The United States Department of Agriculture recently took aim at the Tennessee Walking Horse industry’s failed efforts at self-regulation with a new rule requiring mandatory minimum penalties for violations of the Horse Protection Act (HPA). The rule will take effect in a few days, on July 9.

Unless it doesn’t.

The industry—parts of it, anyway—fired back on June 25, challenging the new rule with a lawsuit filed in United States District Court for the Northern District of Texas, Fort Worth Division. The plaintiffs are asking for relief in the short term (a temporary restraining order that would prevent the implementation of the rule as scheduled) and a more lasting solution (a permanent injunction barring implementation or enforcement of the rule by the USDA and a decision from the court that the rule is unconstitutional).

The lawsuit doesn’t even try to defend the practice of soring Walking Horses, which is a good thing. The practice is indefensible. In fact, the complaint acknowledges that soring horses amounts to "cheating that is cruel to the horse" and that it "results in a fraud on participants and has a negative impact on the breed and the industry."

It sounds as if the plaintiffs agree with the USDA about soring. So why is everyone in court?

Who’s Involved?

Rather than spend time attacking the substantive parts of the new rule, the plaintiffs instead concentrate on a number of significant procedural issues:

●The rule violates Article I and Article III of the United States Constitution;

●The rule violates the federal Administrative Procedures Act;

●The rule conflicts with the HPA, the statutory scheme it is supposed to support;

●The rule exceeds the authority of the USDA;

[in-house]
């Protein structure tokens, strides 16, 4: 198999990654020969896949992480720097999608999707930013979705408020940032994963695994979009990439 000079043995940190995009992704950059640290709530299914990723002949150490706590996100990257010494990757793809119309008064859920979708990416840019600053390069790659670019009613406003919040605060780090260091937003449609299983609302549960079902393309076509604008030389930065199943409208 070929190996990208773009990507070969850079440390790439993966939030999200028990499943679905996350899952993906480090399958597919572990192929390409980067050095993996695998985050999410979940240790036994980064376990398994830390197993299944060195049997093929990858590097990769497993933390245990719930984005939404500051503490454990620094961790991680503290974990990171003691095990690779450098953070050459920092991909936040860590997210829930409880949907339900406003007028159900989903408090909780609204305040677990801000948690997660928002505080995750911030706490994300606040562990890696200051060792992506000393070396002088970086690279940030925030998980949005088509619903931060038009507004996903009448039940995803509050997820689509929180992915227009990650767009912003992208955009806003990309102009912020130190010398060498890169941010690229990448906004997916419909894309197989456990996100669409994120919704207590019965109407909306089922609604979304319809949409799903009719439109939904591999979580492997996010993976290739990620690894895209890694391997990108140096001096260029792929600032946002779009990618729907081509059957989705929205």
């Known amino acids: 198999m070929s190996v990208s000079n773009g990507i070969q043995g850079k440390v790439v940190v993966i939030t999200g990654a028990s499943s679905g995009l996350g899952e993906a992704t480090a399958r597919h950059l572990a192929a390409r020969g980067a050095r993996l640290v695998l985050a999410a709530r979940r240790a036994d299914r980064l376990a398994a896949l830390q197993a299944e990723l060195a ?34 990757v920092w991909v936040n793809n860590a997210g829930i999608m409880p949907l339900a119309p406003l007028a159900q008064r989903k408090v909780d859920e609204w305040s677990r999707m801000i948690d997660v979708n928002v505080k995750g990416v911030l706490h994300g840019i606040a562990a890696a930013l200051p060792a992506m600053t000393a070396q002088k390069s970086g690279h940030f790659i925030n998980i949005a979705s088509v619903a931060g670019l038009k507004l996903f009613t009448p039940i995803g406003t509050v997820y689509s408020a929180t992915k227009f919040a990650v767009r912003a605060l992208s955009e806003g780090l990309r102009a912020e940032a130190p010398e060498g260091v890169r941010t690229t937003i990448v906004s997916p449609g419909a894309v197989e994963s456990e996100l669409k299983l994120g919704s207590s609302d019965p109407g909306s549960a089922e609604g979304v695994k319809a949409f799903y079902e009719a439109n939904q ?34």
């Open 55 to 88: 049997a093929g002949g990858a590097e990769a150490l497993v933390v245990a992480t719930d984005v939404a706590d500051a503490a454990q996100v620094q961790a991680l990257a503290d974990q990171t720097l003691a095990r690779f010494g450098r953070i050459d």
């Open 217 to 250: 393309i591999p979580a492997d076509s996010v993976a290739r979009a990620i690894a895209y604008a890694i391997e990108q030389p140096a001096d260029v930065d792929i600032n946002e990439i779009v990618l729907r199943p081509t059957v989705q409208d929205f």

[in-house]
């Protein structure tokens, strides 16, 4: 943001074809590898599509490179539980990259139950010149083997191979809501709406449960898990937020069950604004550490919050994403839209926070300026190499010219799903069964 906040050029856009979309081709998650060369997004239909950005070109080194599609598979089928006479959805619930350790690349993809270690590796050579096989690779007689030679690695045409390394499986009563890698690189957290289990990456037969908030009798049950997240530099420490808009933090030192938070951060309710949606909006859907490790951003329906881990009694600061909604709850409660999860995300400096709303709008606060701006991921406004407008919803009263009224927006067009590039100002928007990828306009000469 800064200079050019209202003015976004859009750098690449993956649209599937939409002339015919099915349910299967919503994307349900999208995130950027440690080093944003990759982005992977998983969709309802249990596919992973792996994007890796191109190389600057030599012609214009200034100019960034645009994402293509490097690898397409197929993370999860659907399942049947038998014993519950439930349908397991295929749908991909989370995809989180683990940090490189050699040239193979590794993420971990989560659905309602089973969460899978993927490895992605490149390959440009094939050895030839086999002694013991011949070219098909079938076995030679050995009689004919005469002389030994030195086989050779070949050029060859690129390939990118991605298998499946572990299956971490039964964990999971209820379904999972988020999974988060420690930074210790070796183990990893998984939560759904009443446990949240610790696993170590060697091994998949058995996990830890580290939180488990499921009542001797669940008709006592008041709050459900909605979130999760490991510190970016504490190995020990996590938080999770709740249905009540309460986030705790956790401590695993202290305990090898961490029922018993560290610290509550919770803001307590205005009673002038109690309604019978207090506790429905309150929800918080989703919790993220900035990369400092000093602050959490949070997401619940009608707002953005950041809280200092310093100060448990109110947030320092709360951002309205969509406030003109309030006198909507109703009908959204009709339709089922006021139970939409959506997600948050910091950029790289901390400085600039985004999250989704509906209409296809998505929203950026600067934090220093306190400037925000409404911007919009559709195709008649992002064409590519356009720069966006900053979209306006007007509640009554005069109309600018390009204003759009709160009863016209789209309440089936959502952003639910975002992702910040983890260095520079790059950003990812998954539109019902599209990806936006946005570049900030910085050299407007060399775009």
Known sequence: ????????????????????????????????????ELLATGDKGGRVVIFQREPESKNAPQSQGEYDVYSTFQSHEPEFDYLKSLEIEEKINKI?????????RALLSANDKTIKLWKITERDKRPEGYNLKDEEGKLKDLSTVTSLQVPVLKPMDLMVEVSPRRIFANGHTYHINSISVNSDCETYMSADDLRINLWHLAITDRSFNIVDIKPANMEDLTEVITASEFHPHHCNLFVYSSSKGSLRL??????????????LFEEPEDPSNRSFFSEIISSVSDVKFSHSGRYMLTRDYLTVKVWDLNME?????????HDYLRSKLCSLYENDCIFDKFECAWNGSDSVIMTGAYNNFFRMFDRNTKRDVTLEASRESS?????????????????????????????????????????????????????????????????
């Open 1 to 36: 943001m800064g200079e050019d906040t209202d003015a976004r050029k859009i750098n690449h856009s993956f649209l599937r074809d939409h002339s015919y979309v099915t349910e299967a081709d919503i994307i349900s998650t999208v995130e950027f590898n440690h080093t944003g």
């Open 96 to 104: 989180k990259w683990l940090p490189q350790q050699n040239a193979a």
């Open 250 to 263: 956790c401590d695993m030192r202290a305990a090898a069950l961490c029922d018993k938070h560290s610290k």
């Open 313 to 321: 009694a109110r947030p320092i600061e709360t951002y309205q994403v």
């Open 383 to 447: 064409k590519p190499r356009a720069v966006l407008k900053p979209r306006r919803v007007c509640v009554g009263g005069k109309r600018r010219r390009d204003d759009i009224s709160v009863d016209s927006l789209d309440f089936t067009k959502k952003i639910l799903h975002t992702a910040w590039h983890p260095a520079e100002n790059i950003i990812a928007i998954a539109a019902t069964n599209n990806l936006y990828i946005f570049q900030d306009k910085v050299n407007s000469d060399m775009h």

●The rule does not guarantee Due Process of law.

This is heady stuff, but are the claims just smoke and mirrors? It might help to take a look at the plaintiffs in the lawsuit.

●SHOW, Inc., the first named plaintiff, is one of a dozen "horse industry organizations" certified by the USDA to hire private individuals (called "designated qualified persons" or DQPs) to inspect horses at shows. SHOW, Inc., is not complaining as a disinterested bystander. The organization was founded in 2009 by the Board of Directors of the Tennessee Walking Horse National Celebration, the largest and most important horse show for the breed in the world. Both the Celebration and SHOW, Inc., are governed by the same seven-member board.

●Contender Farms, L.L.P. is a limited liability partnership in Mississippi that "owns, trains, shows, and sells show horses."

●Mike McGartland lives in Texas and is a general partner in Contender Farms, L.L.P. He also is an attorney who serves as a voluntary prosecutor for SHOW, Inc., when an exhibitor appeals a penalty imposed at a show operated by SHOW, Inc.

The plaintiffs may have genuine concerns about the constitutionality of the USDA action. They also may have a significant financial interest in maintaining the status quo.

What’s At Stake?

A temporary restraining order is appropriate only if the district judge believes that there is a good chance that the plaintiffs will win in the end and that they will suffer "irreparable harm" if the new rule is allowed to take effect while the lawsuit is pending. The complaint makes a reasonable argument in this respect, and it won’t be a surprise if a temporary restraining order is issued so the lawsuit can run its course.

If the USDA wins, a system of mandatory minimum penalties for soring horses finally will take effect. This might take years.

If SHOW, Inc., et al, win, the USDA will have to start over and hope that another "new" rule will pass constitutional muster. In the interim, one of two things might happen:

The USDA could abandon the current self-regulation scheme and take over inspection and enforcement at Walking Horse shows. This is what an audit by the USDA’s Office of Inspector General recommended a couple of years ago. The USDA can’t afford to do this without a significant increase in funds from Congress, which isn’t likely to happen with the current budget crunch, and things could revert to pre-HPA days of no meaningful inspections at all.

Or, the current system of self-regulation could continue as is. This doesn’t work, as the Office of Inspector General audit and just about everyone whose heads aren’t buried in the sand already recognizes.

Whether the USDA rule takes effect months or years later than planned, or we keep the dysfunctional self-regulation or wind up with something worse, it’s a lose-lose situation for the horses.